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Lindows backs away from supporting windows applications...

996 Views 5 Replies 3 Participants Last post by  Geronimo
Looks like Lindows, the Linux OS that claimed to run windows applications is no longer going to try and make Microsoft Windows software run on their OS.
In the past few days, Lindows.com has again changed the Windows compatibility claims on its site. The sections of the site describing the operating system now say that the software can "run a select set of 'bridge' Windows-compatible programs" in order to "help users migrate to the new world".
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Not a bit surprising. Making Windows apps run on Linux, without having the Windows source code at least, would have been nearly impossible!
WINE is not capable of running the majority of applications. Wine Is Not an Emulator (that's what it means - WINE is a self-inclusive acronym). It is simply a "wrapper" to convert common Windows APIs, etc to Linux equivilents. Kinda like what DirectX or OpenGL does with 3D graphics so a program doesn't have to be written for each graphics card. The difference is software is DESIGNED to be used with DirectX or OpenGL, as are graphics cards. Linux is not designed with the intention of being used with WINE, nor are Windows applications designed to be used with WINE (except for the Sims, which Mandrake has worked with the developer to release a Linux copy which runs around WINE). The goal of WINE has always been to run common applications to help people with the translation to Linux. Given Lindows' Windows compatibility is acheived by using WINE, it was counter productive for Lindows to even attempt to have a different goal.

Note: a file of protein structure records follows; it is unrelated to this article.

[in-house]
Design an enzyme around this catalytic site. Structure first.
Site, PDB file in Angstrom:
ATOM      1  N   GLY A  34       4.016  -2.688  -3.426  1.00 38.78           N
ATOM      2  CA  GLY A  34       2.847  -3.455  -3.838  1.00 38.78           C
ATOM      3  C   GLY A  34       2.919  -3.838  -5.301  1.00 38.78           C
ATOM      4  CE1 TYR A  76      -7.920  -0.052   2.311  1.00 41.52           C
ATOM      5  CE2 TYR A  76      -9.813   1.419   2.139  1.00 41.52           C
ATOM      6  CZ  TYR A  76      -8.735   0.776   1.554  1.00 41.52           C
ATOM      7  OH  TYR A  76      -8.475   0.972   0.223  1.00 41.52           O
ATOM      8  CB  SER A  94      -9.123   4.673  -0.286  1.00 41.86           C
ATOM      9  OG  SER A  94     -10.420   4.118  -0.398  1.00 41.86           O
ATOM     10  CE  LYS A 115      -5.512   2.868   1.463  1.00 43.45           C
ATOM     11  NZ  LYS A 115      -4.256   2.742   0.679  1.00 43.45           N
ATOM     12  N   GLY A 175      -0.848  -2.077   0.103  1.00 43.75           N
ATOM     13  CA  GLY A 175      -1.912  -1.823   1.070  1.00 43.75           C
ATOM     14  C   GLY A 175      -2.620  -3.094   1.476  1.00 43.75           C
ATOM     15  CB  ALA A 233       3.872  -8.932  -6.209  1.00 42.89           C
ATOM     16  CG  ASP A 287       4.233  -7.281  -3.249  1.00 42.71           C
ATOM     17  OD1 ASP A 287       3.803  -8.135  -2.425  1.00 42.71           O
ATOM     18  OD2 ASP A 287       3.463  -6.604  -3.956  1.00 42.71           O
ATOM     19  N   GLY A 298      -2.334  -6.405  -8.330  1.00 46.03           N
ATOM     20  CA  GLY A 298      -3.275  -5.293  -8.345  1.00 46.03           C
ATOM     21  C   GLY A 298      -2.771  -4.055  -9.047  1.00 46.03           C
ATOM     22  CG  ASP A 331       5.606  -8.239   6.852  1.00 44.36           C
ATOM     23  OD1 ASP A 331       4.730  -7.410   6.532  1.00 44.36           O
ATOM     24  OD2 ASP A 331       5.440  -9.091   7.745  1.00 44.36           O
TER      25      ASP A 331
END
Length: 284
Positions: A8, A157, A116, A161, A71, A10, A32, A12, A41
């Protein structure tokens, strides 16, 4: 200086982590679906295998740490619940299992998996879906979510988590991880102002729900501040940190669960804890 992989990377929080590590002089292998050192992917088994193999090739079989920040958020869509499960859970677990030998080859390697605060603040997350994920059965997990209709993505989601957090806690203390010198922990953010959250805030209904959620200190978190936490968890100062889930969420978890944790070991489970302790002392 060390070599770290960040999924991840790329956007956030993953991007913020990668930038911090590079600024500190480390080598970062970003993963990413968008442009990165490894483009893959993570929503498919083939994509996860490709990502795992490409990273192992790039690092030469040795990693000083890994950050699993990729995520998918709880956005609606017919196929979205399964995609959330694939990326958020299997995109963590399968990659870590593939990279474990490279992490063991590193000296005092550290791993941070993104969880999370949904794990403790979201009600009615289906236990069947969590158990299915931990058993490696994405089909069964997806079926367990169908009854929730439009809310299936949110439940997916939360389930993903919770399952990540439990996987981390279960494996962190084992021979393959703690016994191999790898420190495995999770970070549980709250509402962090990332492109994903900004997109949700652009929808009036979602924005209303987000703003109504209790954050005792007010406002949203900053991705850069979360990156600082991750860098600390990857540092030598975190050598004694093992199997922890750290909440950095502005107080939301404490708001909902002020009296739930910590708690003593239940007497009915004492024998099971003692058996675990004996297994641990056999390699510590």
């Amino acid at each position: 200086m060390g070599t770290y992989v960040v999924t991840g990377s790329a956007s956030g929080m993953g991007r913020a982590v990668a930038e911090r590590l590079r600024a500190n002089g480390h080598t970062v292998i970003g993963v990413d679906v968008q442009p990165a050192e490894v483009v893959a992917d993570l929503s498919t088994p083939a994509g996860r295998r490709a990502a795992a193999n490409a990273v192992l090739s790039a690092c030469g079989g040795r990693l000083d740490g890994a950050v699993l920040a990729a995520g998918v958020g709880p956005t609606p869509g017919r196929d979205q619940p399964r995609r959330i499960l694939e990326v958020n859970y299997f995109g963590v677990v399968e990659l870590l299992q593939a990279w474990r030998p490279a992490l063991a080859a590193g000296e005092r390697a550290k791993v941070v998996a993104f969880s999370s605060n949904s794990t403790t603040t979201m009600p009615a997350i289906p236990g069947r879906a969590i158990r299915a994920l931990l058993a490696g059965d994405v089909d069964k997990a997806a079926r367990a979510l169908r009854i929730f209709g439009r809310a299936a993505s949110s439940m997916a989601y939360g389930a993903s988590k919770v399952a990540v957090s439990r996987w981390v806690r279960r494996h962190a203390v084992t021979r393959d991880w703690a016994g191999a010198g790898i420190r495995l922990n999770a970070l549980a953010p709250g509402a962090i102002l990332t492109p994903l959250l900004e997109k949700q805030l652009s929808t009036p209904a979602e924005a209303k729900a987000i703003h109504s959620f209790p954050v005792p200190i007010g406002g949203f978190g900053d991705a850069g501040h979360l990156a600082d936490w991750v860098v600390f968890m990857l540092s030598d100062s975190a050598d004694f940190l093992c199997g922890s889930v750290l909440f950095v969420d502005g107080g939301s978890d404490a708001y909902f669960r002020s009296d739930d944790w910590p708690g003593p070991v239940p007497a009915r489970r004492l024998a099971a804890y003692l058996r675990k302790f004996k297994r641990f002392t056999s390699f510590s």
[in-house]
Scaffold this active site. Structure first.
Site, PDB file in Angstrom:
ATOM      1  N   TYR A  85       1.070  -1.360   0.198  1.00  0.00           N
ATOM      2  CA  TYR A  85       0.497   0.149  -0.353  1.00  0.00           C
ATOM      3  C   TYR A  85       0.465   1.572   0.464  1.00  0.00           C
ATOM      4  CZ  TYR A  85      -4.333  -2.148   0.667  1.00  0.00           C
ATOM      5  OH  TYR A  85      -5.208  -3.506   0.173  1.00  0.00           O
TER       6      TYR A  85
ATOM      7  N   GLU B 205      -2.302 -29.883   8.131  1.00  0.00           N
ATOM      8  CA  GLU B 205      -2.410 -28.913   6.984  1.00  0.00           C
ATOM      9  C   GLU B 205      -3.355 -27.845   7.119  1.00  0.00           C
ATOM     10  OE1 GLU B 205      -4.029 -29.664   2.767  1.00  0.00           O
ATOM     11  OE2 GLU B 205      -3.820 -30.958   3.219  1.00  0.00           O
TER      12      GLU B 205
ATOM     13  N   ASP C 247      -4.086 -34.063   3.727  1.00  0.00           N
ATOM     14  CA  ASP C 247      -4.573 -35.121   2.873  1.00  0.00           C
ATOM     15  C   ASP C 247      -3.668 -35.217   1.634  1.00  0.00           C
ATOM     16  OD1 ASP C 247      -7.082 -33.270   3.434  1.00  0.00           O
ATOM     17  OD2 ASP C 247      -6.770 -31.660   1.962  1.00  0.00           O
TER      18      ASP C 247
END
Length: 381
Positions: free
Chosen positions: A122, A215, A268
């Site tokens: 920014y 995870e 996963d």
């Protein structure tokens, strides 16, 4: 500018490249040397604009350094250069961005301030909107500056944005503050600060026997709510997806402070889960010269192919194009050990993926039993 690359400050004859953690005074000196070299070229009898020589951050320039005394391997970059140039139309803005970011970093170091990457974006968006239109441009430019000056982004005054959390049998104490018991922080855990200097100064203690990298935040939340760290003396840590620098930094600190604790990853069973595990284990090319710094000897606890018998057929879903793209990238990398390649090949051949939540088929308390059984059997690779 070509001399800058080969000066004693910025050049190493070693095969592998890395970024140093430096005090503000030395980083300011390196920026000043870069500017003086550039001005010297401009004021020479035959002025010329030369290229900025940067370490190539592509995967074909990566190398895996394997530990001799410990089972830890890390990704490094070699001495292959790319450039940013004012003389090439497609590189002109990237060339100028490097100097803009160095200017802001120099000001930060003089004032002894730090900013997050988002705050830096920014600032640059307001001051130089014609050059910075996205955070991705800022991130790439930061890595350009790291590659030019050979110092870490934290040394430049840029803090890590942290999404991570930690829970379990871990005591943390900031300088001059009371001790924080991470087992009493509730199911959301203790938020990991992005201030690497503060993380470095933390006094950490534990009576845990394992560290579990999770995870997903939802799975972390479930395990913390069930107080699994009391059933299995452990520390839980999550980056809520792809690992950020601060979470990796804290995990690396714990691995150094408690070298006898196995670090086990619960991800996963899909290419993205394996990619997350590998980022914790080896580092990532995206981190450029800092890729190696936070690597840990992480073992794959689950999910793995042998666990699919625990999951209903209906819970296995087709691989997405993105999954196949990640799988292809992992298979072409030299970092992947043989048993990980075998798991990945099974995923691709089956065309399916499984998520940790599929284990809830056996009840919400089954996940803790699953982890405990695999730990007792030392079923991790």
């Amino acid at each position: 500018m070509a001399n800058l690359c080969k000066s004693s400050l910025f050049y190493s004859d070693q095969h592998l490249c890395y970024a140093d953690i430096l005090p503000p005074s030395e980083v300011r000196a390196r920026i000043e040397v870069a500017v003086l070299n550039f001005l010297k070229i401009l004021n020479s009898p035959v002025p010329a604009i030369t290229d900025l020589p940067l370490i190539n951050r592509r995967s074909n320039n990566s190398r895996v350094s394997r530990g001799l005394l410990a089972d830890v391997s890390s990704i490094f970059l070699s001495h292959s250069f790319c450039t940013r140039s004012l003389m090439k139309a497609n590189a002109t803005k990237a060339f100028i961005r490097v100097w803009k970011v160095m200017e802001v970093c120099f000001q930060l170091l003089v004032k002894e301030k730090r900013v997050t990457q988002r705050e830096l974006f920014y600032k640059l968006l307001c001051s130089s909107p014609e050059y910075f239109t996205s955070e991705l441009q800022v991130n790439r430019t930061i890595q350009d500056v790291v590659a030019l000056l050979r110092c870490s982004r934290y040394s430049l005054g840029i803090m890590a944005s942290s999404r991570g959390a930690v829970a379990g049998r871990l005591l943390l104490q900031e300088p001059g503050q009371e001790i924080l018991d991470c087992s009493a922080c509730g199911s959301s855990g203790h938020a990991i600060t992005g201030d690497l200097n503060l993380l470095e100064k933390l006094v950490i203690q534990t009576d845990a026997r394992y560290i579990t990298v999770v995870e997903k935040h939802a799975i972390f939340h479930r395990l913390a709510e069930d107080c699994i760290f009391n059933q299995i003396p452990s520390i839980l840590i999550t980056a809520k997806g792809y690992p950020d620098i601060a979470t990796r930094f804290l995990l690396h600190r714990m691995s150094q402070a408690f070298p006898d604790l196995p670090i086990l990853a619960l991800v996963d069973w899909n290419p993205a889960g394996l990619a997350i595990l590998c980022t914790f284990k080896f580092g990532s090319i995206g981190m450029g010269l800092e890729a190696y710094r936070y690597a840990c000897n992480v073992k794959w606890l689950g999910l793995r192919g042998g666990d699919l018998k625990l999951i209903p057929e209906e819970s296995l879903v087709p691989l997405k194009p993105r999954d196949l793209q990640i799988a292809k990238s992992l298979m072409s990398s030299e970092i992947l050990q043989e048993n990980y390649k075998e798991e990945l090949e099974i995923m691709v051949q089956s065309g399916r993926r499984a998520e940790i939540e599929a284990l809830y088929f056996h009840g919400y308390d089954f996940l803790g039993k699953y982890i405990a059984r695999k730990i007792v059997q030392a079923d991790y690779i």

True, WINE is to help port apps, but until Linux is able to run MS Office, it ain't going anywhere on the workstation side... Lindows was an attempt at that and by admiting defeat, I'd say consumer Linux isn't achievable.
Certainly no one is going to buy the boxes with this stuff.
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